SAN FRANCISCO, Sept 18 (Reuters) – Hackers who breached casino giants MGM Resorts International (MGM.N) and Caesars Entertainment (CZR.O) in recent weeks also broke into the systems of three other casino companies. manufacturing, retail and technology sectors. space, said a security executive familiar with the matter.
David Bradbury, chief security officer at identity management company Okta, said five of the company’s clients, including MGM and Caesars, had fallen victim to hacking groups known as ALPHV and Scattered Spider since August.
In an interview with Reuters, Bradbury did not name the other companies, but said Okta was cooperating with official investigations into the violations.
The attacks have put a spotlight on ransomware attacks – cyber intrusions that affect hundreds of businesses each year, from healthcare providers to telecommunications companies. MGM and Caesars lost market value last week as stock prices fell, and MGM has yet to recover from several disrupted operations at the hotels and gaming halls it owns, from Las Vegas to Macau.
San Francisco-based Okta, which says it has more than 17,000 customers worldwide, offers identity services such as multi-factor authentication used to help users securely access online apps and websites. Multiple violations it identified in its customers last month led the company to issue an alert, Bradbury said.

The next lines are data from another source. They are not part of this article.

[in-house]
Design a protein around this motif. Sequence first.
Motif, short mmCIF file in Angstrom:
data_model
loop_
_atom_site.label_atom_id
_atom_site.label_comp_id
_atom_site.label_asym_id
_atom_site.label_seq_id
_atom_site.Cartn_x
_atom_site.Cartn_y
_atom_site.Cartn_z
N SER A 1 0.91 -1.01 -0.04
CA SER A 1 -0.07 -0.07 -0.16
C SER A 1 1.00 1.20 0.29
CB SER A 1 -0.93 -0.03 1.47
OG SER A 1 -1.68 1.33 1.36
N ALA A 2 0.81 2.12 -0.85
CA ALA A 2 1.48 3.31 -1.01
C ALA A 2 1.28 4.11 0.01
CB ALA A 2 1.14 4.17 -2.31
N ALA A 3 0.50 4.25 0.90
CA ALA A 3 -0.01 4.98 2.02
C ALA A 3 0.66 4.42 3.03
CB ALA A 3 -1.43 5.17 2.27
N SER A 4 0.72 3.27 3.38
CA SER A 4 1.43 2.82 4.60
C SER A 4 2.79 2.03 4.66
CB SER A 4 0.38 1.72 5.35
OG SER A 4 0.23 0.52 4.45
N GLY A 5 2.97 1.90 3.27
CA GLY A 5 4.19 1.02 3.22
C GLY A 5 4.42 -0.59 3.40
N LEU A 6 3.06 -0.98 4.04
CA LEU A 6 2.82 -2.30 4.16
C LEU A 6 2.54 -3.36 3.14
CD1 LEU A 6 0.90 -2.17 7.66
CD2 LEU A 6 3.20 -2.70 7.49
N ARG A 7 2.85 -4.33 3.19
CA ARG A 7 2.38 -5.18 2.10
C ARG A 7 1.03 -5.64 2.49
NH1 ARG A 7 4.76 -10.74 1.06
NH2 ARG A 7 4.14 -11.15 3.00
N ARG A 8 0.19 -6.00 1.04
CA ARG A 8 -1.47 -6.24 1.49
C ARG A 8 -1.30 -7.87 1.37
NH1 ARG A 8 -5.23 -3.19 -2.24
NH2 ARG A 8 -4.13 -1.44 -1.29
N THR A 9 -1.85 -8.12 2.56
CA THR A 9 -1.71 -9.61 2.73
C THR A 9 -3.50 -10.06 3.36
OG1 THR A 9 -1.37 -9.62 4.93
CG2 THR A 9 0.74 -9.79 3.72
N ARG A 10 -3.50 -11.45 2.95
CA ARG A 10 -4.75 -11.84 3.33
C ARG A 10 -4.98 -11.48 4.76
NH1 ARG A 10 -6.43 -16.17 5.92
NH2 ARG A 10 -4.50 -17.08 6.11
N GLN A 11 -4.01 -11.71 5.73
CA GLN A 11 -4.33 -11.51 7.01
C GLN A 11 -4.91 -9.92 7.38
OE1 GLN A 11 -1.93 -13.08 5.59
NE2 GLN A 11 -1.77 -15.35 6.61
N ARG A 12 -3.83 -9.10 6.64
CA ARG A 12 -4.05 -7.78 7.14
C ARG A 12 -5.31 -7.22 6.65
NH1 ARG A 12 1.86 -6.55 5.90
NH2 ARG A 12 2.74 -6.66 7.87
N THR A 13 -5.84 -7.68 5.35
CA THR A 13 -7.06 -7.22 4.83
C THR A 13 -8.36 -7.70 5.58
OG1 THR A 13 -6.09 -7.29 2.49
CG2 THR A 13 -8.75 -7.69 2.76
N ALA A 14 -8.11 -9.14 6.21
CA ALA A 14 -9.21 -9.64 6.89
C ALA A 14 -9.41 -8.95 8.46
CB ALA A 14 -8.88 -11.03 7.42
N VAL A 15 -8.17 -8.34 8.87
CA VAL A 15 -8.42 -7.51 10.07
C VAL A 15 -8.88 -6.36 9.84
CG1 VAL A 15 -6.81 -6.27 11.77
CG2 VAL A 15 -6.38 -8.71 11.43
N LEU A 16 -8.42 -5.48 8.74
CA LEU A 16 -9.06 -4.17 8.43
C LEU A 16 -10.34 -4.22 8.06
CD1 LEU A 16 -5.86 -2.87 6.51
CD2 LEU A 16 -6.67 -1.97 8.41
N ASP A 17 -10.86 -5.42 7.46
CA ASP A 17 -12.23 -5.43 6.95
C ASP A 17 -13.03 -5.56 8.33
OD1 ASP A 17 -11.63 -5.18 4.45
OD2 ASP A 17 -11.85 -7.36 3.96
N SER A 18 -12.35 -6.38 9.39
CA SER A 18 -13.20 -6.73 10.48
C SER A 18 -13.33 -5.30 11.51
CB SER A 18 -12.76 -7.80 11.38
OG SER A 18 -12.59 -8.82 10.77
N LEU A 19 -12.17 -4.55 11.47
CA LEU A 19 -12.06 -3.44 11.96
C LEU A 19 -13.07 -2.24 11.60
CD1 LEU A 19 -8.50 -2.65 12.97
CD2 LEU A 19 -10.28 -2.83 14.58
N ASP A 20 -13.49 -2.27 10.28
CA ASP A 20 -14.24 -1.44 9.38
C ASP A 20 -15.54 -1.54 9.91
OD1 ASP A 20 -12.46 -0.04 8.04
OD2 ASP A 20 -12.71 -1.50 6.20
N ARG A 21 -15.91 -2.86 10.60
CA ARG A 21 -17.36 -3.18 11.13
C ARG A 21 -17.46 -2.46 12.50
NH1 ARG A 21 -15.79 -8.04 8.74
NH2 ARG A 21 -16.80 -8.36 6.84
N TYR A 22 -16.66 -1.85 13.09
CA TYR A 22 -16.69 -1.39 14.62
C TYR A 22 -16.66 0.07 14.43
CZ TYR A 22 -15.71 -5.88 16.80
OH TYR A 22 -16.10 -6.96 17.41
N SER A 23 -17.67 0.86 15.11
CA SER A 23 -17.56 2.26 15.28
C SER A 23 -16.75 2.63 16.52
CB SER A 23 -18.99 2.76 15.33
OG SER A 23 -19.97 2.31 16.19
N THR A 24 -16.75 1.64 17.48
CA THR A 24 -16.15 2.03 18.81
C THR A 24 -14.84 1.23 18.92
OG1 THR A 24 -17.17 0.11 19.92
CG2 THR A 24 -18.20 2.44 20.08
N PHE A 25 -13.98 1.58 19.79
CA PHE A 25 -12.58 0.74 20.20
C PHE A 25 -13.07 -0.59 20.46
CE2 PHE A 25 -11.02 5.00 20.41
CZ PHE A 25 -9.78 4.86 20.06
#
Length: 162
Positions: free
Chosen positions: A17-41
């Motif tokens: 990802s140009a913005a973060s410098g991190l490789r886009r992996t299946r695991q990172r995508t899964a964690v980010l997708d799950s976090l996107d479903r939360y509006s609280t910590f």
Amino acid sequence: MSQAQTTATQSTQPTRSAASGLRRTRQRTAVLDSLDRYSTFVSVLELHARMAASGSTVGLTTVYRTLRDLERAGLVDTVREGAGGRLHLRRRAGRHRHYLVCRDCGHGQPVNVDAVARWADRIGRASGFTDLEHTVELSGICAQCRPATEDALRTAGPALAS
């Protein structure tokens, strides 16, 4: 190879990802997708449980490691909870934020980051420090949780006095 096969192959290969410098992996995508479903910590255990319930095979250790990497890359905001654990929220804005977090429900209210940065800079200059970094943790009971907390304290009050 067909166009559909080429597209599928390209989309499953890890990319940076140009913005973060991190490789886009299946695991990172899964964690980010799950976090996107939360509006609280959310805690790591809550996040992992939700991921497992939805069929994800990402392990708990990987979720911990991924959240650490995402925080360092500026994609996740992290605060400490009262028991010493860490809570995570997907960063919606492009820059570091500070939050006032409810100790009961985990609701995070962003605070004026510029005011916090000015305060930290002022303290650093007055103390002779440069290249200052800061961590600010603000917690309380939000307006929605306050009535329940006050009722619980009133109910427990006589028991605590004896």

“We saw this happen in such a small period of time and thought we should come forward to the industry at large and explain what’s happening here,” he said.
At the time, Okta said its U.S. customers were reporting a consistent pattern of attacks in which hackers impersonated employees of a victim company and convinced its IT help desk to let them. will provide duplicate access.
“We have seen consistently over the last six to 12 months an increase in these types of attacks,” Bradbury said.
MGM has not commented on the statement or the hack, beyond saying last week that it was a “cybersecurity issue.” Caesars previously said it was investigating the violation.
The financially motivated hacker group ALPHV claimed responsibility for the MGM hack in a post on its website on Friday and warned MGM of further attacks if it did not reach a settlement. It is unclear how much ransom ALPHV has demanded.
Bradbury said the group had broken into MGM and gained access to its client Okta, allowing it to access more credentials in the identity management company’s system.
Scattered Spider appears to have worked with ALPHV on the latest attacks, Bradbury said, citing research by security analysts who have followed both groups. “Think of them more as business partners or affiliates,” she said.
Google’s Mandiant Intelligence last week called Scattered Spider, also known as UNC3944, one of the most disruptive hacking teams in the United States. Bradbury said Mandiant’s description of the group’s tactics aligned with what Okta had observed in recent attacks.
Reporting by Zeba Siddiqui in San Francisco; Editing by Michael Perry
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